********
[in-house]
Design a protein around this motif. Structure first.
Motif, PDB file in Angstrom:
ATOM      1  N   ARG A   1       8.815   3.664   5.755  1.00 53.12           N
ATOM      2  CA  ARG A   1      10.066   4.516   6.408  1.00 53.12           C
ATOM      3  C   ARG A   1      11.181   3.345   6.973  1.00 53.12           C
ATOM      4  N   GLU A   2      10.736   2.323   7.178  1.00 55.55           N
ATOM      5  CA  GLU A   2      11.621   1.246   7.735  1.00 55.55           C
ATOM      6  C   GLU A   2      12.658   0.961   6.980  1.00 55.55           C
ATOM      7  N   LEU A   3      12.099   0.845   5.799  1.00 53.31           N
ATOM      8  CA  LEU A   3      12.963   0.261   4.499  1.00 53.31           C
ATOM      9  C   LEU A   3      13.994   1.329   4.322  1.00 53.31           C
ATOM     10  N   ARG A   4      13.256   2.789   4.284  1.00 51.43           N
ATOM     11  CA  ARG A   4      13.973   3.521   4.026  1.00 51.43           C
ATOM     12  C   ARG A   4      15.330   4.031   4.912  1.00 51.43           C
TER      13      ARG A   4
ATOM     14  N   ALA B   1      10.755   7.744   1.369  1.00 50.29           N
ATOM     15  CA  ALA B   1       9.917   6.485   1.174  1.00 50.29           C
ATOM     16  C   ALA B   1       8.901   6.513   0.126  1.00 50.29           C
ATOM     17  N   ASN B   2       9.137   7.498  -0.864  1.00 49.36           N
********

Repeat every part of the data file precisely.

[in-house]
Design a protein around this motif. Structure first.
Motif, PDB file in Angstrom:
ATOM      1  N   ARG A   1       8.815   3.664   5.755  1.00 53.12           N
ATOM      2  CA  ARG A   1      10.066   4.516   6.408  1.00 53.12           C
ATOM      3  C   ARG A   1      11.181   3.345   6.973  1.00 53.12           C
ATOM      4  N   GLU A   2      10.736   2.323   7.178  1.00 55.55           N
ATOM      5  CA  GLU A   2      11.621   1.246   7.735  1.00 55.55           C
ATOM      6  C   GLU A   2      12.658   0.961   6.980  1.00 55.55           C
ATOM      7  N   LEU A   3      12.099   0.845   5.799  1.00 53.31           N
ATOM      8  CA  LEU A   3      12.963   0.261   4.499  1.00 53.31           C
ATOM      9  C   LEU A   3      13.994   1.329   4.322  1.00 53.31           C
ATOM     10  N   ARG A   4      13.256   2.789   4.284  1.00 51.43           N
ATOM     11  CA  ARG A   4      13.973   3.521   4.026  1.00 51.43           C
ATOM     12  C   ARG A   4      15.330   4.031   4.912  1.00 51.43           C
TER      13      ARG A   4
ATOM     14  N   ALA B   1      10.755   7.744   1.369  1.00 50.29           N
ATOM     15  CA  ALA B   1       9.917   6.485   1.174  1.00 50.29           C
ATOM     16  C   ALA B   1       8.901   6.513   0.126  1.00 50.29           C
ATOM     17  N   ASN B   2       9.137   7.498  -0.864  1.00 49.36           N